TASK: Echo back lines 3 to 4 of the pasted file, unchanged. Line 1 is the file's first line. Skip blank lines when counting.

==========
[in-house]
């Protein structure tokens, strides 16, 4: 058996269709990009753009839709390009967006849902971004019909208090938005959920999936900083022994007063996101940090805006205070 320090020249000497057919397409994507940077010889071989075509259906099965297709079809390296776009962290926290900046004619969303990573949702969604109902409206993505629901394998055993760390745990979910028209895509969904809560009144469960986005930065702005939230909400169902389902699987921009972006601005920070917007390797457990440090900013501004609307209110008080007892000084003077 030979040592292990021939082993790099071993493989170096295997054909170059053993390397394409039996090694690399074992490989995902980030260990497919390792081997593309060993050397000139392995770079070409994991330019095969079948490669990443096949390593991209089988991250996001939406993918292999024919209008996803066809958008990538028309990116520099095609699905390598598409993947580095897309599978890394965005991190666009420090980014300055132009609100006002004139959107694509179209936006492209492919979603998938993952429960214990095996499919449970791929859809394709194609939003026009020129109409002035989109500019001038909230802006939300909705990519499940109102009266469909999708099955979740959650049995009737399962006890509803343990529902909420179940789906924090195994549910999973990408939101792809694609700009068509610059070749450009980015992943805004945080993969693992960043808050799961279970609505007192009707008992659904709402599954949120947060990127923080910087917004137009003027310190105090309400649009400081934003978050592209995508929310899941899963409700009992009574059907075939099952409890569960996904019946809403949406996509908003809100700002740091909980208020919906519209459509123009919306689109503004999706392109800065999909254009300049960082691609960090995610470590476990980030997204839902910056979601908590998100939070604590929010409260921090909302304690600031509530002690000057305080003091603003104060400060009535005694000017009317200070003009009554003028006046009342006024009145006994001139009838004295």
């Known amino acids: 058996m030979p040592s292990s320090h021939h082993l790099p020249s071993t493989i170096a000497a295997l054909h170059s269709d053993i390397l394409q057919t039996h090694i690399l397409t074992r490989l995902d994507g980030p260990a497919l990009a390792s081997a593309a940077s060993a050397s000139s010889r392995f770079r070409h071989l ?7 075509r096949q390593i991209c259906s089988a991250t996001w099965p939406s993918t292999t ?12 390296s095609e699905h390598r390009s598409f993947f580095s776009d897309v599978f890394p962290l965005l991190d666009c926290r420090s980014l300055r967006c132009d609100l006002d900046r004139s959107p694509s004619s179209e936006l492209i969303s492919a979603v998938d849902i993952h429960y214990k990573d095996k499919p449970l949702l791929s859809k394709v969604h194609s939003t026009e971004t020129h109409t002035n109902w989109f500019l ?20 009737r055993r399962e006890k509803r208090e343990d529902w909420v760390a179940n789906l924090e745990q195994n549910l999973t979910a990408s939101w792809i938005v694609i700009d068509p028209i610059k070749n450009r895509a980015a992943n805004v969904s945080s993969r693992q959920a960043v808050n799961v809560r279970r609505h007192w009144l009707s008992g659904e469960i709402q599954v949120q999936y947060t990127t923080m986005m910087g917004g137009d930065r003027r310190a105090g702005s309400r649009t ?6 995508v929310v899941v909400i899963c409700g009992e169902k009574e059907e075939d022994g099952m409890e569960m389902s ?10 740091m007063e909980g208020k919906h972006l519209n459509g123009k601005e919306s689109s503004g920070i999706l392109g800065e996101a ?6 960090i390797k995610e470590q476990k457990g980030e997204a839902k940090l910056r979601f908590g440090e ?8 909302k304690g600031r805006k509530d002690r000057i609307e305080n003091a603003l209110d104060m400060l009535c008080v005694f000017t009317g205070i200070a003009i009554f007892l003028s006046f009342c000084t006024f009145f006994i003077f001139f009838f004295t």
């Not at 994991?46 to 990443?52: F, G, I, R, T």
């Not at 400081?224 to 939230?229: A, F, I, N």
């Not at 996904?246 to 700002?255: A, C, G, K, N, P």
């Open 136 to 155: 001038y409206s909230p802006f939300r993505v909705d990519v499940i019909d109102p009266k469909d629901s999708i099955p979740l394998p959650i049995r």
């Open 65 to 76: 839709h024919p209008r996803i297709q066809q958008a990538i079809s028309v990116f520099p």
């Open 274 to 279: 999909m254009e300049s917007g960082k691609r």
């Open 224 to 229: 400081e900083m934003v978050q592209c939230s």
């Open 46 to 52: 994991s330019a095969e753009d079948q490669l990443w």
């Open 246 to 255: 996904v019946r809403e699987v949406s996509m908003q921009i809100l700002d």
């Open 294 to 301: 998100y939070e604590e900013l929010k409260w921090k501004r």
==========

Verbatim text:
């Known amino acids: 058996m030979p040592s292990s320090h021939h082993l790099p020249s071993t493989i170096a000497a295997l054909h170059s269709d053993i390397l394409q057919t039996h090694i690399l397409t074992r490989l995902d994507g980030p260990a497919l990009a390792s081997a593309a940077s060993a050397s000139s010889r392995f770079r070409h071989l ?7 075509r096949q390593i991209c259906s089988a991250t996001w099965p939406s993918t292999t ?12 390296s095609e699905h390598r390009s598409f993947f580095s776009d897309v599978f890394p962290l965005l991190d666009c926290r420090s980014l300055r967006c132009d609100l006002d900046r004139s959107p694509s004619s179209e936006l492209i969303s492919a979603v998938d849902i993952h429960y214990k990573d095996k499919p449970l949702l791929s859809k394709v969604h194609s939003t026009e971004t020129h109409t002035n109902w989109f500019l ?20 009737r055993r399962e006890k509803r208090e343990d529902w909420v760390a179940n789906l924090e745990q195994n549910l999973t979910a990408s939101w792809i938005v694609i700009d068509p028209i610059k070749n450009r895509a980015a992943n805004v969904s945080s993969r693992q959920a960043v808050n799961v809560r279970r609505h007192w009144l009707s008992g659904e469960i709402q599954v949120q999936y947060t990127t923080m986005m910087g917004g137009d930065r003027r310190a105090g702005s309400r649009t ?6 995508v929310v899941v909400i899963c409700g009992e169902k009574e059907e075939d022994g099952m409890e569960m389902s ?10 740091m007063e909980g208020k919906h972006l519209n459509g123009k601005e919306s689109s503004g920070i999706l392109g800065e996101a ?6 960090i390797k995610e470590q476990k457990g980030e997204a839902k940090l910056r979601f908590g440090e ?8 909302k304690g600031r805006k509530d002690r000057i609307e305080n003091a603003l209110d104060m400060l009535c008080v005694f000017t009317g205070i200070a003009i009554f007892l003028s006046f009342c000084t006024f009145f006994i003077f001139f009838f004295t």
């Not at 994991?46 to 990443?52: F, G, I, R, T």